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Yoga means different things to different people. This topic focuses on a kind of yoga called Hatha yoga. One of the benefits of Hatha yoga is that it can relieve stress and help you relax.
There are lots of yoga poses you can do to help you relax. Here are a few to try. The first two yoga poses below—the extended puppy pose and the cat cow pose—are simple to learn and easy to do. It's best to start there if you have never done yoga before. The other pose—the reclining bound angle pose—is a little more advanced. All of these yoga poses can help you relax and relieve stress.
The extended puppy pose is easy to do and is very relaxing. Try this yoga pose for a good spine stretch and relaxation.
Caution: If you have knee problems, don't do this pose. Or you can talk to a certified yoga instructor about how to modify this pose.
With the cat cow pose, you move from one position to another using your breath to tell you when to switch positions. This pose combines breathing and movement to help relieve stress and make the spine more flexible. Repeat the sequence 10 to 20 times. Make sure to do the movements as you breathe in and out.
Caution: If you have neck problems or an injury, keep your neck in the original position in line with your torso instead of moving it with your spine.
For the reclining bound angle pose, you may need to use props to get the full benefits. A prop is something you use to support different parts of your body in a yoga pose. You can buy yoga props, such as blocks or bolsters (large hard pillows). Or you can use items that you have at home, such as pillows or blankets.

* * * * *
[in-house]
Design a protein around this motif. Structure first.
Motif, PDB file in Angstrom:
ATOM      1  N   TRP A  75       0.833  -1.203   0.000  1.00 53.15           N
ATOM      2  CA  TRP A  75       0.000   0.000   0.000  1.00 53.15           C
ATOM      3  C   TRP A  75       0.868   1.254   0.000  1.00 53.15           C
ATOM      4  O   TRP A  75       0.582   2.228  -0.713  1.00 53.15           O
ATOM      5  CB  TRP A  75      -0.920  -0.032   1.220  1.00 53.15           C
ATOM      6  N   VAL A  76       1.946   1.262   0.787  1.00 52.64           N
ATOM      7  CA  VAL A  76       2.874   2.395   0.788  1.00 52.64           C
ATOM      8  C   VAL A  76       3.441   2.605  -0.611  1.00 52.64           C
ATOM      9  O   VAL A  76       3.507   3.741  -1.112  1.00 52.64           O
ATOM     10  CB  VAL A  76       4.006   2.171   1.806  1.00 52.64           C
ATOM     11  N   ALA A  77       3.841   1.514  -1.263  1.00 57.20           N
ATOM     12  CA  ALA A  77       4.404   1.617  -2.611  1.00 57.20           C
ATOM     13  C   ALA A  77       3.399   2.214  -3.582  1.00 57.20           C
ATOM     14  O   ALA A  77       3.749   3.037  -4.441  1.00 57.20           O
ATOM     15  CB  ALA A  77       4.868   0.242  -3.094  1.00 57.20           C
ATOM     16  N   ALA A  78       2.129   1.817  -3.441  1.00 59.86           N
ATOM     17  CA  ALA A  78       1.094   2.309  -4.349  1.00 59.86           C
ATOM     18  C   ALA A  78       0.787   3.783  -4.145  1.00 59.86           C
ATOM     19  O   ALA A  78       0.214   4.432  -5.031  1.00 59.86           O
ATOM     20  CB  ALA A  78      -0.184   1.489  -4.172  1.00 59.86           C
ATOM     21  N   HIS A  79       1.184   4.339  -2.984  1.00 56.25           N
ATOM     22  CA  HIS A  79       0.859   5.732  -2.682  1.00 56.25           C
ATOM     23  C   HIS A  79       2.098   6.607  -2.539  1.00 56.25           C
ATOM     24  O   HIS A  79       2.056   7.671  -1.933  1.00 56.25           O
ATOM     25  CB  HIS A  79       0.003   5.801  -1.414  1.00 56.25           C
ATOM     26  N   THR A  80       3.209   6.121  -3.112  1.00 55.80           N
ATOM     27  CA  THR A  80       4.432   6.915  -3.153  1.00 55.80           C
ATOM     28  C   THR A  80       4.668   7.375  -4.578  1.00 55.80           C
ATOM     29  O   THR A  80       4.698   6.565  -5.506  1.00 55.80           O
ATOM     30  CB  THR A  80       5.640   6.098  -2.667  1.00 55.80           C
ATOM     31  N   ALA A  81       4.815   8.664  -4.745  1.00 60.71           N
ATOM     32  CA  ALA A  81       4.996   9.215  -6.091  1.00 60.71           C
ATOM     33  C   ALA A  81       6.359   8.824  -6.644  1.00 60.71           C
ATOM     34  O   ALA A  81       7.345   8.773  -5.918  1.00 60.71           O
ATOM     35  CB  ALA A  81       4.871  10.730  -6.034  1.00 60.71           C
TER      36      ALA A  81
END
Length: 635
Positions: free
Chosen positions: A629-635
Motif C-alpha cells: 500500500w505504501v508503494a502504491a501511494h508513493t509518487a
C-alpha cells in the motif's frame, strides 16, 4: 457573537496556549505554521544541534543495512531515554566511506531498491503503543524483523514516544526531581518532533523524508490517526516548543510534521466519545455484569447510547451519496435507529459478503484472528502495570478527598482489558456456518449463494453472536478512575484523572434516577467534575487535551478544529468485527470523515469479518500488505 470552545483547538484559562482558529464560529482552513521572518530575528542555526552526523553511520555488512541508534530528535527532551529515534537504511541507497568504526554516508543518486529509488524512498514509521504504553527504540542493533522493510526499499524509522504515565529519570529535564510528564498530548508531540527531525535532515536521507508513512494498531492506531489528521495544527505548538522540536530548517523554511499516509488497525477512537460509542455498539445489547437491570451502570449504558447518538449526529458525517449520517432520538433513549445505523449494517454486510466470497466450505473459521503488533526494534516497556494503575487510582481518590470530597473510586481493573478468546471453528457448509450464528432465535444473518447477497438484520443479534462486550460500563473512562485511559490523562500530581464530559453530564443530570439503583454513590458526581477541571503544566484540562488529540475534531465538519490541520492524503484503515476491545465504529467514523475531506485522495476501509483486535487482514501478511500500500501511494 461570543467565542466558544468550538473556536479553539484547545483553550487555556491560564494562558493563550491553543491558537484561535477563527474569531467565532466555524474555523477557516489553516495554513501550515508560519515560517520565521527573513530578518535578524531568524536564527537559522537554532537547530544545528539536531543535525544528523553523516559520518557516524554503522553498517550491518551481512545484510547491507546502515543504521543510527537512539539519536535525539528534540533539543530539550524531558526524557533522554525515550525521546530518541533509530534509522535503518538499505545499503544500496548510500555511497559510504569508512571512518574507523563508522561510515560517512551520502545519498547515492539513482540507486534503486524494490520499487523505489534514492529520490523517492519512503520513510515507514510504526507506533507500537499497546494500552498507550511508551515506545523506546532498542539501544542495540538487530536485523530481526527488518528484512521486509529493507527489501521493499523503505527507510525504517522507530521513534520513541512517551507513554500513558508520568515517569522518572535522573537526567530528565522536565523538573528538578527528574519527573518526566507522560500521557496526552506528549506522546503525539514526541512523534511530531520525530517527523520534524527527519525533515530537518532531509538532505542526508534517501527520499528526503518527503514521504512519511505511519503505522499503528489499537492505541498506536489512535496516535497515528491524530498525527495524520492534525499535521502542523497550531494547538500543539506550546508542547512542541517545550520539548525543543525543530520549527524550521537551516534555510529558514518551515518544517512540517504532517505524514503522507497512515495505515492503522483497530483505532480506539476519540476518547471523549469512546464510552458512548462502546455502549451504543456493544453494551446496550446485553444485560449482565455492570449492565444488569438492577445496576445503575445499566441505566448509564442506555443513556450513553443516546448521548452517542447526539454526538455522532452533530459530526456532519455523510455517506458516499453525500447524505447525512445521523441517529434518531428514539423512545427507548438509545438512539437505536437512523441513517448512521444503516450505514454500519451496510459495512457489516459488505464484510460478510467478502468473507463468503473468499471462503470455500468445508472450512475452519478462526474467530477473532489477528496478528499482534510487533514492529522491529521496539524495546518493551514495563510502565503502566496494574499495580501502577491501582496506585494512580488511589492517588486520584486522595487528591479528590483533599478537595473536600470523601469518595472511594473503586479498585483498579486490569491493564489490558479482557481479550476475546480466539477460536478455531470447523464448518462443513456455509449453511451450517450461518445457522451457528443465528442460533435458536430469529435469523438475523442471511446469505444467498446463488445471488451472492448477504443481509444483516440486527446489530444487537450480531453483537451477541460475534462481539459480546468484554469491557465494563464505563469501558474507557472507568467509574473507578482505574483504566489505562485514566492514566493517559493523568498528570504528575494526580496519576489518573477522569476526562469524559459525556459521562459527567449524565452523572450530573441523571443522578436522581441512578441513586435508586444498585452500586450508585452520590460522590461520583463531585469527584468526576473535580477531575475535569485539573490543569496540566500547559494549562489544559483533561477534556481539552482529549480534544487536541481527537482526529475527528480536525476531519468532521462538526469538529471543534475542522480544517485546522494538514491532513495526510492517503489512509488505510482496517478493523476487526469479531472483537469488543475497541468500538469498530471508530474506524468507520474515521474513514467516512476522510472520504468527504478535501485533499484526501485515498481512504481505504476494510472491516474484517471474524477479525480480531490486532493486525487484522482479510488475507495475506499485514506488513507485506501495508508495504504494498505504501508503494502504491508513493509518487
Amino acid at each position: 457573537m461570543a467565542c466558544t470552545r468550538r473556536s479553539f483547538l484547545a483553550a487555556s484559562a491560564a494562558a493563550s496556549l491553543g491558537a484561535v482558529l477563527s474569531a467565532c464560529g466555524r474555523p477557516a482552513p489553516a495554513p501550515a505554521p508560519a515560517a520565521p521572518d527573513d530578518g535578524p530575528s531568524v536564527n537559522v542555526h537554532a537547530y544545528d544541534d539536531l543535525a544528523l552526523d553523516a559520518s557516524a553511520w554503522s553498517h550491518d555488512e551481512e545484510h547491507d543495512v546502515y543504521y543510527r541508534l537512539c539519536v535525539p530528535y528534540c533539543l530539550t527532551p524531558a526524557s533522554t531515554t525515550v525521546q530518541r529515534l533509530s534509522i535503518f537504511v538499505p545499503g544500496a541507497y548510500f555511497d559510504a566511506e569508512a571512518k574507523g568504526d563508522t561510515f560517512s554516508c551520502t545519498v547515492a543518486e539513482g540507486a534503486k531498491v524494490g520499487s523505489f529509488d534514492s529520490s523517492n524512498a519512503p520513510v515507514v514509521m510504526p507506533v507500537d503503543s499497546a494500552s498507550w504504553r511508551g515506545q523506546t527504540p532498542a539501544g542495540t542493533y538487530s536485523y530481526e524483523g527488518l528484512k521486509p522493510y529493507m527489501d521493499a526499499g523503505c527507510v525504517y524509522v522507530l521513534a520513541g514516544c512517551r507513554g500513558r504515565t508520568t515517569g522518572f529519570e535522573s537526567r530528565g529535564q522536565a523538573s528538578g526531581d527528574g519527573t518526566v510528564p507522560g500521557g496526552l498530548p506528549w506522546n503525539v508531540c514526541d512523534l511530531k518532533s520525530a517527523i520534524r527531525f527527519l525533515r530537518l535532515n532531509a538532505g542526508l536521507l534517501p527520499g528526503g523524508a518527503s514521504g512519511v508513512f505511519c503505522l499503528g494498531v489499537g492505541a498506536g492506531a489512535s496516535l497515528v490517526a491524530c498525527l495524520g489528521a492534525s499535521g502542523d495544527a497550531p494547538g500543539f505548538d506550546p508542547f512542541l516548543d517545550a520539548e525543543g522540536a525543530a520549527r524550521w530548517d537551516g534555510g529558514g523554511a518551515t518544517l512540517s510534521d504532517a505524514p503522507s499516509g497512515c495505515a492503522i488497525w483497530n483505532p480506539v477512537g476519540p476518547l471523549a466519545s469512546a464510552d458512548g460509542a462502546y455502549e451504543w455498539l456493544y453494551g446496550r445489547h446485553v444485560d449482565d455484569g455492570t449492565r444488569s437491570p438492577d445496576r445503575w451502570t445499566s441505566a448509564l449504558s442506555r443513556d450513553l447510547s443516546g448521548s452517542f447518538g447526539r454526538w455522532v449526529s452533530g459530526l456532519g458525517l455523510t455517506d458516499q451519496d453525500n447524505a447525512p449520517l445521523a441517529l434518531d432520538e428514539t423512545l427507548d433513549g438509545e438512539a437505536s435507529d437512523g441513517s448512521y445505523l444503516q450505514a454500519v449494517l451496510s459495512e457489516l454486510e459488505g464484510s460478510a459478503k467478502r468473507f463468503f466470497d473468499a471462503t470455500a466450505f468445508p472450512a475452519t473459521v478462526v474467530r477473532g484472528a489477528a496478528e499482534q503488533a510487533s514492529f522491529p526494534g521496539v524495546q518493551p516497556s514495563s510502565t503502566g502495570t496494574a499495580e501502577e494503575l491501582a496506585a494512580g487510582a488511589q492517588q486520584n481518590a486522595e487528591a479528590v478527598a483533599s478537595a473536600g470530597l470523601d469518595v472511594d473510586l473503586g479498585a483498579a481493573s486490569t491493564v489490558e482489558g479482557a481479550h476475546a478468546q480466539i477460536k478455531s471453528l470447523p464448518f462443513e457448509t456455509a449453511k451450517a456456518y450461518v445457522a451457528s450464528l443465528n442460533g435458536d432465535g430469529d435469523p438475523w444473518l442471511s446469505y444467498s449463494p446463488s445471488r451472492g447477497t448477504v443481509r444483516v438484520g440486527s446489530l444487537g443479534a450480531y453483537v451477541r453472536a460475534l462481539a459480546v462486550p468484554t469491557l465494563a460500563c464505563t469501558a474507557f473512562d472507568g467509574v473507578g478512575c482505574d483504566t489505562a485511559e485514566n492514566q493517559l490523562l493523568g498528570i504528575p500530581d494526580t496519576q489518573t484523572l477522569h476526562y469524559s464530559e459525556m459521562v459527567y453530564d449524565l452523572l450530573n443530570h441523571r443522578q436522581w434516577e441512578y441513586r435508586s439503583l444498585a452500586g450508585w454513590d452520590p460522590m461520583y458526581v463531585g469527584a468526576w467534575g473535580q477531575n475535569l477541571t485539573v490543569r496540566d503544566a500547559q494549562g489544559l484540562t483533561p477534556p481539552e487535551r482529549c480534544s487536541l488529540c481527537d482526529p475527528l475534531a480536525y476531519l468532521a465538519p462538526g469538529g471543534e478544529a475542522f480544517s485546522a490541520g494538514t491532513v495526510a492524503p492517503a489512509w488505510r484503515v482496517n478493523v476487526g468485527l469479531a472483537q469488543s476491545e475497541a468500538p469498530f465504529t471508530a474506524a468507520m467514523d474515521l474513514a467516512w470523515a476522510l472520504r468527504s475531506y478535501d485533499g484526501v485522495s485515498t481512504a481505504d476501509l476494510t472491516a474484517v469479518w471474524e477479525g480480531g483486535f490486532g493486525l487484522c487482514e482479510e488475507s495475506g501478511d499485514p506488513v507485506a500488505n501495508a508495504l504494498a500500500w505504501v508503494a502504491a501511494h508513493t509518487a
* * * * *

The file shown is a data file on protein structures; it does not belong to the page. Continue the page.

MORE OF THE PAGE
When you do this pose for the first time, take the time to adjust your props so that you can completely relax when you are in the pose. If the pose makes you tense or uncomfortable, use props. You may want to use one or more of the following props:
Caution: Do not do this exercise after giving birth until your doctor says it is okay. If you have knee, hip, or shoulder problems, don't do this pose. Or you can talk to a certified yoga instructor to find out how to modify this pose.
Other Works ConsultedMiryala R, et al. (2011). Yoga. In M Micozzi, ed., Fundamentals of Complementary and Alternative Medicine, 4th ed., pp. 482–494. St. Louis: Elsevier Saunders.
ByHealthwise StaffPrimary Medical ReviewerPatrice Burgess, MD, FAAFP - Family MedicineKathleen Romito, MD - Family MedicineAdam Husney, MD - Family MedicineSpecialist Medical ReviewerChristine R. Maldonado, PhD - Behavioral Health
Current as ofOctober 10, 2017
Current as of: October 10, 2017
Author: Healthwise Staff
Medical Review: Patrice Burgess, MD, FAAFP - Family Medicine & Kathleen Romito, MD - Family Medicine & Adam Husney, MD - Family Medicine & Christine R. Maldonado, PhD - Behavioral Health
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